James Lee Byars / Shōji Hamada — at Michael Werner, New York

James Lee Byars / Shōji Hamada
Michael Werner Gallery, East Hampton
50 Newtown Lane, East Hampton, NY 11937
Opening August 11, 2021
All images copyright and courtesy of the artist(s), estates and Michael Werner Gallery

Installation view. Courtesy Michael Werner Gallery

Michael Werner Gallery present James Lee Byars/Shōji Hamada, an exhibition of early works of paper, stone and wood made in Japan by American artist James Lee Byars (b. 1932, d. 1997) along with ceramic works by world-renowned Japanese potter Shōji Hamada (b. 1894, d. 1978).

James Lee Byars moved to Japan in 1958, living there on and off for the next ten years. Supporting himself by teaching English, Byars studied Japanese art, philosophy and literature, developing a deep passion for Noh theater and Zen that carried over into the rest of his life. In Japan Byars met the artist Morris Graves, who introduced him to a Japanese patron who provided letters of introduction enabling him to study traditional Japanese ceramic and papermaking with various masters.

The years in Japan were incredibly fruitful for the artist. There he developed the idea that a concept alone could be an aesthetic object, which became a theme for the rest of his career. In Kyoto in 1960, he initiated his first group action, with 100 students in a circle reciting lines of Gertrude Stein at the Yukawa Theoretical Institute.  His love of ceramic traditions and calligraphy led him to create exhibitions of large ink drawings and performable paper works in a legendary show in 1962 at the National Museum of Modern Art and in 1963-64 at Shōkoku-ji in Kyoto.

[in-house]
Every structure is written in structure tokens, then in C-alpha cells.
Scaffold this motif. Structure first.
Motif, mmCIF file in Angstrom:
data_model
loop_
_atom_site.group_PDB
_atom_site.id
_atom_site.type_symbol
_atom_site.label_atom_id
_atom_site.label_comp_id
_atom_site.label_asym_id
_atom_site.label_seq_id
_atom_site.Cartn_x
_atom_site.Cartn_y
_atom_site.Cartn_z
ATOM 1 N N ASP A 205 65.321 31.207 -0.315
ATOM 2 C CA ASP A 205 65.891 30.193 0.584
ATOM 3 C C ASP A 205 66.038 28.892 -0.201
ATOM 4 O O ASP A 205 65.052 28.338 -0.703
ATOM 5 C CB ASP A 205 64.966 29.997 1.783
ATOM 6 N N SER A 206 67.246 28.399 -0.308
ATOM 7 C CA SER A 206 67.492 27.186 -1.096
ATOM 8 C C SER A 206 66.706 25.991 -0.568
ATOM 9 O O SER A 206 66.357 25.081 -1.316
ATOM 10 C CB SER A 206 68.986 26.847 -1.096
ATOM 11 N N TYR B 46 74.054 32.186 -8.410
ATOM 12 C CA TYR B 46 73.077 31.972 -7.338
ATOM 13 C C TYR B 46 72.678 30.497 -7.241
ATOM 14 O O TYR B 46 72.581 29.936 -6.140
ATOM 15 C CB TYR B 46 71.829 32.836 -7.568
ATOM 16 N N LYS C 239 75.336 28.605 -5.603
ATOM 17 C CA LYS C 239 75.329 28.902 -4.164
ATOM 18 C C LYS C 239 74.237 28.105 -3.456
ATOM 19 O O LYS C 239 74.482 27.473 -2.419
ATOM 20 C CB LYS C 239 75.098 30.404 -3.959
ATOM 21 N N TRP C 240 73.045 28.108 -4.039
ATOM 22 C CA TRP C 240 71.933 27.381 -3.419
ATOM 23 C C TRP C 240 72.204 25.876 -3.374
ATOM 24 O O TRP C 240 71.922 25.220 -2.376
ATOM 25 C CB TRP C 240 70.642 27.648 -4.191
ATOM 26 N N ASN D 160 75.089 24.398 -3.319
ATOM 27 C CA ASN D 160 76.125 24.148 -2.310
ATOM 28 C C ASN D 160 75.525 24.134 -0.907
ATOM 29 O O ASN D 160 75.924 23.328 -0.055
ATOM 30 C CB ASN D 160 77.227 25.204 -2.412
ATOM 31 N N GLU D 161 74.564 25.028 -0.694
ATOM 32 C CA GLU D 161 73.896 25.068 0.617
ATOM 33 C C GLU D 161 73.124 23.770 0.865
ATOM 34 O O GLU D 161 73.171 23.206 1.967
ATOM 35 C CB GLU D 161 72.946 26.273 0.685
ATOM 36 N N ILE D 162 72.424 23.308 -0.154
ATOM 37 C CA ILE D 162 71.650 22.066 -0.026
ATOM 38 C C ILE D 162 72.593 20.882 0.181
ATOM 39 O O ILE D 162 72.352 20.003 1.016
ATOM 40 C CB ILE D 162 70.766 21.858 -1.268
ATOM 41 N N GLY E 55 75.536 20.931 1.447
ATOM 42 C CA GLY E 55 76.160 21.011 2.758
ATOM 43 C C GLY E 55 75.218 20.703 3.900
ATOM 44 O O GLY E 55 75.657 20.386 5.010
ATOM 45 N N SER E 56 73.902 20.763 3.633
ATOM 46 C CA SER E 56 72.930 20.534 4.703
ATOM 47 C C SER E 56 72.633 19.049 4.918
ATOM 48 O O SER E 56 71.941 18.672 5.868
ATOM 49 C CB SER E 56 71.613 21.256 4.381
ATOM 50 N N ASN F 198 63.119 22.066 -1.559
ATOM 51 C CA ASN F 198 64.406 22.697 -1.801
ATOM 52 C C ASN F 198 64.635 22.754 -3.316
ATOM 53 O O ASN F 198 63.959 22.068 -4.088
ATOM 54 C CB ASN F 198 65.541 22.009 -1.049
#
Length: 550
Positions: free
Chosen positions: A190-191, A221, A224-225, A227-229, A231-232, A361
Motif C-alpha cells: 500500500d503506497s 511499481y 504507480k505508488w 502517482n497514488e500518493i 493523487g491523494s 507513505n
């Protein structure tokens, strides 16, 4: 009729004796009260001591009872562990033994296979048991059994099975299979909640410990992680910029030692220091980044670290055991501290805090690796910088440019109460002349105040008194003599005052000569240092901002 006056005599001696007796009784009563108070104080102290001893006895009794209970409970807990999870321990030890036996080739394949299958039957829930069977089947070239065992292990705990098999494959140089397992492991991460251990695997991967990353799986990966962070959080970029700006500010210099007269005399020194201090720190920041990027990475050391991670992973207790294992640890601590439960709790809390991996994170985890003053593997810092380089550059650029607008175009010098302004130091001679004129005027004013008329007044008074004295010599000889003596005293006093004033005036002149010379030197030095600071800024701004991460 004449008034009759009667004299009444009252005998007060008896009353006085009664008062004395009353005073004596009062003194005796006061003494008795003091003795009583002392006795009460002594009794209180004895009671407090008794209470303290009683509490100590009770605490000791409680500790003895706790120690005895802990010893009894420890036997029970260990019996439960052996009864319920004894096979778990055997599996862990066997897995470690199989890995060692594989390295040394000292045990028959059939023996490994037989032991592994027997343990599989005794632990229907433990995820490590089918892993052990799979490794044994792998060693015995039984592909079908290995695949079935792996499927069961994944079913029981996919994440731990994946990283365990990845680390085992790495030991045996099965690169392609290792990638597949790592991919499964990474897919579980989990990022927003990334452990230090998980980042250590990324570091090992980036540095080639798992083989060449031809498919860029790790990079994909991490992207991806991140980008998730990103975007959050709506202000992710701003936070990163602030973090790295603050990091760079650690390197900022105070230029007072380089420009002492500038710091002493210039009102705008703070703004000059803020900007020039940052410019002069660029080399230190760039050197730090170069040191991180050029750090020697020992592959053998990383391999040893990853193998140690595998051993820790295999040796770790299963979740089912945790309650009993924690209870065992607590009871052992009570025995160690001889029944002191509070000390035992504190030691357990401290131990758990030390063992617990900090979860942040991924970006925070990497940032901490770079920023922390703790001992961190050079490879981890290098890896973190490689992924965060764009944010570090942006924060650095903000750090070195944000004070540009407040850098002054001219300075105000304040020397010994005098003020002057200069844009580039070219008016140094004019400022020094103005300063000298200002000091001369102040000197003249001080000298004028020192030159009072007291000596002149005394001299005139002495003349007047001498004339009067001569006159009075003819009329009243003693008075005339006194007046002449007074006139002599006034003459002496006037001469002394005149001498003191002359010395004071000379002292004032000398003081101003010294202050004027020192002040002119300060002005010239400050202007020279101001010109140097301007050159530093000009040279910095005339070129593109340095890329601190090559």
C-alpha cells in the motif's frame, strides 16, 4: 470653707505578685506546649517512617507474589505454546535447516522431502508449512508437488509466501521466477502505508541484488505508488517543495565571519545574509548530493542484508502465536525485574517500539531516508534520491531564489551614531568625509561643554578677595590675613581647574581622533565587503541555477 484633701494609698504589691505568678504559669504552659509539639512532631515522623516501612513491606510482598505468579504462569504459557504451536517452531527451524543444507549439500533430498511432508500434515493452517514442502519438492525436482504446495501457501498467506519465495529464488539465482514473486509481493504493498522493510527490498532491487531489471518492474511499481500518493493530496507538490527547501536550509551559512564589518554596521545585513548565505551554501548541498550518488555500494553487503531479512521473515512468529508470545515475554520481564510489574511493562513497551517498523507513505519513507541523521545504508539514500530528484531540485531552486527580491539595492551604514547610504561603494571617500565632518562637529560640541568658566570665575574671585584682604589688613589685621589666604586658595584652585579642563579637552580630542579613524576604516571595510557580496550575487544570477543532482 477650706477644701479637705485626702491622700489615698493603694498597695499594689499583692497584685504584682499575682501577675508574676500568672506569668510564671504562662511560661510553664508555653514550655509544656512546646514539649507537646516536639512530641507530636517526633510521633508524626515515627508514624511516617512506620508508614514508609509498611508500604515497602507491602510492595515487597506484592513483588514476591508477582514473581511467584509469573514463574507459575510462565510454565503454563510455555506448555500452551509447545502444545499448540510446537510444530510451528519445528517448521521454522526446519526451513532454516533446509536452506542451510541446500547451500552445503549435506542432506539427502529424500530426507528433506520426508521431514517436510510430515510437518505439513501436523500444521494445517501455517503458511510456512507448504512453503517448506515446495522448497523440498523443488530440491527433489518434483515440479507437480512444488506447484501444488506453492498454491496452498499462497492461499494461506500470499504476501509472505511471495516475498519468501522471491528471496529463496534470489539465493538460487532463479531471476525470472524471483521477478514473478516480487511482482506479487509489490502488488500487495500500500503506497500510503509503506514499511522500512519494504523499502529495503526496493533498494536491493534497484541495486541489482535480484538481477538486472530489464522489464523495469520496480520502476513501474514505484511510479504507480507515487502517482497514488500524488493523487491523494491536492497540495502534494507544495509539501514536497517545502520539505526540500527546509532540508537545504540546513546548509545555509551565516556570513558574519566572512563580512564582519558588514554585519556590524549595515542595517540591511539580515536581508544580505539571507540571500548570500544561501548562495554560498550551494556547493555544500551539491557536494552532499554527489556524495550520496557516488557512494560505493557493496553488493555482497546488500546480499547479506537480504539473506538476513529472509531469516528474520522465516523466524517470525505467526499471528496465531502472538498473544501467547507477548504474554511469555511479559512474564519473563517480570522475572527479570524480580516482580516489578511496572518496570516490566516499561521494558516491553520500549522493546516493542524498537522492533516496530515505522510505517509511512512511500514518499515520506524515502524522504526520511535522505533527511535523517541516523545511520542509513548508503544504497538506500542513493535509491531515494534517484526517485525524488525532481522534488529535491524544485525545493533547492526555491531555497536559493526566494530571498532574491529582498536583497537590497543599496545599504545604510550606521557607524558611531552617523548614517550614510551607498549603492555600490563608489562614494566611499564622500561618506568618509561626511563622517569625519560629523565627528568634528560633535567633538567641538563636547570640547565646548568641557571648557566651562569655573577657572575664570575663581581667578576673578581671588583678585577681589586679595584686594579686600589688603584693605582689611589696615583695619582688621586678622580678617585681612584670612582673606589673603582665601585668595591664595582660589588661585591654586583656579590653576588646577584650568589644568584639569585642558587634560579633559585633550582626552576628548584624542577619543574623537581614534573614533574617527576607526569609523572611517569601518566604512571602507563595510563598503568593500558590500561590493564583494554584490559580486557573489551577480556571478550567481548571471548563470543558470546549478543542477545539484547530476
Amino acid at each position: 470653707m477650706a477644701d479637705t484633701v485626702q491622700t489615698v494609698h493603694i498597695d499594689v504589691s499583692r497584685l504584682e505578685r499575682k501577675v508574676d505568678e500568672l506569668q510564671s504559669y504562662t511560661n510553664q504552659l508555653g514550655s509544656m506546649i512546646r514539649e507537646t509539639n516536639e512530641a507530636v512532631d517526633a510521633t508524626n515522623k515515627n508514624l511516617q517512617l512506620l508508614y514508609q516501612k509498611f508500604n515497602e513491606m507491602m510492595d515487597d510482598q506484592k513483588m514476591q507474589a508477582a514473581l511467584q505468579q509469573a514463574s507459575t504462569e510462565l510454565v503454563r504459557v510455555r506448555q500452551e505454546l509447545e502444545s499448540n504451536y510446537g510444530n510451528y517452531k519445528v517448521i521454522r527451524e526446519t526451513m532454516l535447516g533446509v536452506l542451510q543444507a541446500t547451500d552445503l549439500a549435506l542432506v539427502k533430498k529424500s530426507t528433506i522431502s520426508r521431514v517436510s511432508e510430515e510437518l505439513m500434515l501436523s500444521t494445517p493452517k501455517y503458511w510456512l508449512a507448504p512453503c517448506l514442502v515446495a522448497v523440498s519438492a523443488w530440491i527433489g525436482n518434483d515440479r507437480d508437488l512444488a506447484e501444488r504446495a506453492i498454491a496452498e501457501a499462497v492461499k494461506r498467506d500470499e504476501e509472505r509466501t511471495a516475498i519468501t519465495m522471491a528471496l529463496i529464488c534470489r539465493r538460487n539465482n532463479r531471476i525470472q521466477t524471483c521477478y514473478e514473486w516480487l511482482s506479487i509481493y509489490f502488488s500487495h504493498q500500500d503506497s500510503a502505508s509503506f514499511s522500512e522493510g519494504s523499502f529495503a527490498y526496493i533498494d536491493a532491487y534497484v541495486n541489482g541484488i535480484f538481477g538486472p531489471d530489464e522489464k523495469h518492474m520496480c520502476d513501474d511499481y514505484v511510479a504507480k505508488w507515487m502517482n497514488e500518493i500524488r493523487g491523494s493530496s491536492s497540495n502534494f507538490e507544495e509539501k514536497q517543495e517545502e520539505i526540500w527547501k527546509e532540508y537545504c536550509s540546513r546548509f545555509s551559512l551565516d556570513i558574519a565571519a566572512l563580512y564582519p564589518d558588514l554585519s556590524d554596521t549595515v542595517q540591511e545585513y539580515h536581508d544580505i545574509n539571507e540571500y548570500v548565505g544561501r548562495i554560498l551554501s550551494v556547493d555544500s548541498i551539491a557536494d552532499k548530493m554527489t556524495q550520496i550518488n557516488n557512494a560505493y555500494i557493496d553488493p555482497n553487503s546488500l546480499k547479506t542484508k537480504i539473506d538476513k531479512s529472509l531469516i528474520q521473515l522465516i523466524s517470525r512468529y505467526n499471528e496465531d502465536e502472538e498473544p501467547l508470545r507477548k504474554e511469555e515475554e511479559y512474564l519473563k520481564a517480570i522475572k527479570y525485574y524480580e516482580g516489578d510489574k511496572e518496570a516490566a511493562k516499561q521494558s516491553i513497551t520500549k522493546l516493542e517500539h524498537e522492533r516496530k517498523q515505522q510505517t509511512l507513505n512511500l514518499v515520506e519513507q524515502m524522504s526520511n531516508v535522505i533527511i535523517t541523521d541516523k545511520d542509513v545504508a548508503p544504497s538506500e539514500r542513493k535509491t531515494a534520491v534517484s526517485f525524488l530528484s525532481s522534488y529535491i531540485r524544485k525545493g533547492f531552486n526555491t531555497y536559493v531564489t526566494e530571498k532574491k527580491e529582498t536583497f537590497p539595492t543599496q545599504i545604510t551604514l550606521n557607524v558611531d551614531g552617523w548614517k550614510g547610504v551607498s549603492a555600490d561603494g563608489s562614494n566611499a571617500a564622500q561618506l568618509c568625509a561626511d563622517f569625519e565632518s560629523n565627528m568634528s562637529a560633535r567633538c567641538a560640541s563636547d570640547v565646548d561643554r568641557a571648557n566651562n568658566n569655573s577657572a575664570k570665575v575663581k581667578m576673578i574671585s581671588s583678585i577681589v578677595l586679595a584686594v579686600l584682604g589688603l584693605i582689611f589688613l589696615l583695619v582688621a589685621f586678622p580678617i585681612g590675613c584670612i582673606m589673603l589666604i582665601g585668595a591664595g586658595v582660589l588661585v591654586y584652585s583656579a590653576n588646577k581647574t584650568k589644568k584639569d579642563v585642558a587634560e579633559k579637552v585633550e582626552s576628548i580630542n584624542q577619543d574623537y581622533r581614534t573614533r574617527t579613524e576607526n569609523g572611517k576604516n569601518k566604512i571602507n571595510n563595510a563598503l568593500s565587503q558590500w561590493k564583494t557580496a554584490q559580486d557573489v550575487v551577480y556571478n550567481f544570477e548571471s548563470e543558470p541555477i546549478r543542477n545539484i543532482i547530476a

Shōji Hamada was the leading figure in the Mingei folk art movement in Japan, advocating the use of traditional techniques in the making of pottery.  In 1918 he met Bernard Leach and from 1920-23 traveled to England with him to set up Leach Pottery in St. Ives. Later, he moved back to Japan and created a workshop in Mashiko, where he provided housing and workspace for visiting potters from Japan and abroad. Hamada’s works are in the collections of many of the most important museums of the world and his influence is widely felt. In 1955, he was designated a National Living Treasure by the Japanese government.

It is unknown if Byars and Hamada ever met, but Hamada’s fame and generosity to students of ceramics from around the world would have certainly made him known to Byars. The potter’s adherence to and innovation of traditional pottery making methods would have greatly appealed to the artist.